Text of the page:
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I am new to C++. I am having trouble differentiating between initializing an array and mallocing memory. To me, they seem to accomplish the same purpose.

Specifically, I can initialize an array via int myArray[] = {1, 2, 3};. I can also use malloc to obtain memory and assign it to a void pointer. Later, I free this memory.

What is the difference between these two methods? Does a computer store the data in the same places and in the same ways?

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migrated from cs.stackexchange.com Dec 31 '12 at 17:26

This question came from our site for students, researchers and practitioners of computer science.

In C++ there are two different ways you can allocate memory. The first way allocates memory on the stack.

int arr[] = {1,2,3};
int arr[3];

Both of these lines of code create an array of size 3 on the stack. The only difference is the first line also initializes the values in the array.

The second way you can allocate memory is on the heap. The amount of memory available on the heap is usually much larger than is available on the stack. The new and malloc operations allocate memory on the heap.

int* arr = (int*) malloc(100*sizeof(int));
int* arr = new int[100];

Both of these lines of code create an array of size 100 on the heap. Now here's the difference between the two. In C++ you should always use new because it ensures that the constructors for each element in your array are called. It is also much more type safe, unlike malloc which isn't type safe at all since it just returns a void* to a chunk of bytes that can be interpreted anyway you'd please.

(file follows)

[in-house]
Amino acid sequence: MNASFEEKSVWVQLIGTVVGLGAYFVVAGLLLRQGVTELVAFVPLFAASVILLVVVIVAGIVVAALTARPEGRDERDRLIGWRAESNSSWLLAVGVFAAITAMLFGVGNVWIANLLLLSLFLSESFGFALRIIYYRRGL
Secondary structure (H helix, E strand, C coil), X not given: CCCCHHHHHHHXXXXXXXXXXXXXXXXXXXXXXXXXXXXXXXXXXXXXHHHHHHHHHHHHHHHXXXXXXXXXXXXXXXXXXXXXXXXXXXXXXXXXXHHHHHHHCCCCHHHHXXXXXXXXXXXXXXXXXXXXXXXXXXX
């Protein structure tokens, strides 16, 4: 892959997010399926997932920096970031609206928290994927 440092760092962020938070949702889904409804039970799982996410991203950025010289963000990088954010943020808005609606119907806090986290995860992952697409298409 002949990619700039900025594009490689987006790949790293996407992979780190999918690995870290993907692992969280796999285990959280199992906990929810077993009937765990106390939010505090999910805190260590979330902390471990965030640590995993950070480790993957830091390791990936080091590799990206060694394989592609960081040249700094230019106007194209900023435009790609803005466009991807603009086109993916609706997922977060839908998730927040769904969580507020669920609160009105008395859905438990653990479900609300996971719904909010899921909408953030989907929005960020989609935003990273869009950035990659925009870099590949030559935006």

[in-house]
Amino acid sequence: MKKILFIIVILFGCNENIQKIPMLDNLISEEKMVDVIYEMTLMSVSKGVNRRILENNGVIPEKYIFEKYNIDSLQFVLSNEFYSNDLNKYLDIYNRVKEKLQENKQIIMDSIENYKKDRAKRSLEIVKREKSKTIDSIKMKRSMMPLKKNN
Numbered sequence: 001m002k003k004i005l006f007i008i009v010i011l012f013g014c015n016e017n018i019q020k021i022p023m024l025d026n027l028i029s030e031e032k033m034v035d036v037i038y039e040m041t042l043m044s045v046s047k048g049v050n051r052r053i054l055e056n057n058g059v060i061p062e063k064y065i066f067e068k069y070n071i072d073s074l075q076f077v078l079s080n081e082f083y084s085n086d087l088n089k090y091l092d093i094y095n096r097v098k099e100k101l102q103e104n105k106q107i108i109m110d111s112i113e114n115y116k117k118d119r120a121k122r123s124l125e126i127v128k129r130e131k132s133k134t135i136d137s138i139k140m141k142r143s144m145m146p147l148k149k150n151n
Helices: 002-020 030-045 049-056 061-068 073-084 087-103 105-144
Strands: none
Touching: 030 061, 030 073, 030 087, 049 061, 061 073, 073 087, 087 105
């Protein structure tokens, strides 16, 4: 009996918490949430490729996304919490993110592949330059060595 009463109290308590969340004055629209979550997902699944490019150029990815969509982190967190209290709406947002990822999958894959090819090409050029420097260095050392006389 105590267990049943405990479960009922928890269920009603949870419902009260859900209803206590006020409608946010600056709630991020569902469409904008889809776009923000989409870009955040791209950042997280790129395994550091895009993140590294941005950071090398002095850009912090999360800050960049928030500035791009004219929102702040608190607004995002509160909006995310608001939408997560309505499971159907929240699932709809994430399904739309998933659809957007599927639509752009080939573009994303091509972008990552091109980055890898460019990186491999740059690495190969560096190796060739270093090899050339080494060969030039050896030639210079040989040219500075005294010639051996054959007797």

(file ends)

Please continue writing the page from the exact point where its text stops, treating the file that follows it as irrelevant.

Now if you're dynamically allocating memory, meaning you don't know the size of the array until runtime, you should always allocate it on the heap using new/malloc.

Last thing to note is how you free your memory, using delete/free.

free(arr); //arr was allocated with malloc
delete[] arr; //arr was allocated with new

If you allocated memory with new it must be freed with delete. You can't mix and match new/malloc with delete/free. Lastly delete[] frees an array of objects. If you only allocated a single object then you just use delete.

Object* myobj = new Object;
delete myobj;
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In my opinion, this question does not belong to here. But I will answer it. You can do that with:

 int* myArray = (int *) malloc(3 * sizeof(int));

This means that you are creating memory location with memory size 3 * sizeof(int) [i.e. the size of the integer data type in C], and you re returning an int pointer to this memory location. [i.e. a pointer that points to the beginning of it, and deal with it as it if contains integers]. These memory slots are converted to int * (using (int *)), and called myArray. myArray is an int array (and an int pointer). Because arrays are actually pointers in C. Then you do:

 for (int i = 0; i < 3; i++) 
     myArray[i] = i + 1;

There could be some issues in malloc. Therefore, after the initialization always check if myArray == NULL. If this is case, fix the error, and dont initialize the array with $\{1,2,3\}$. Otherwise, you will get a segmentation fault.

I wish I am not vague to you. But since you are using C++, I would suggest you use the new operator instead. you would do:

 int myArray[] = new int[3]; 
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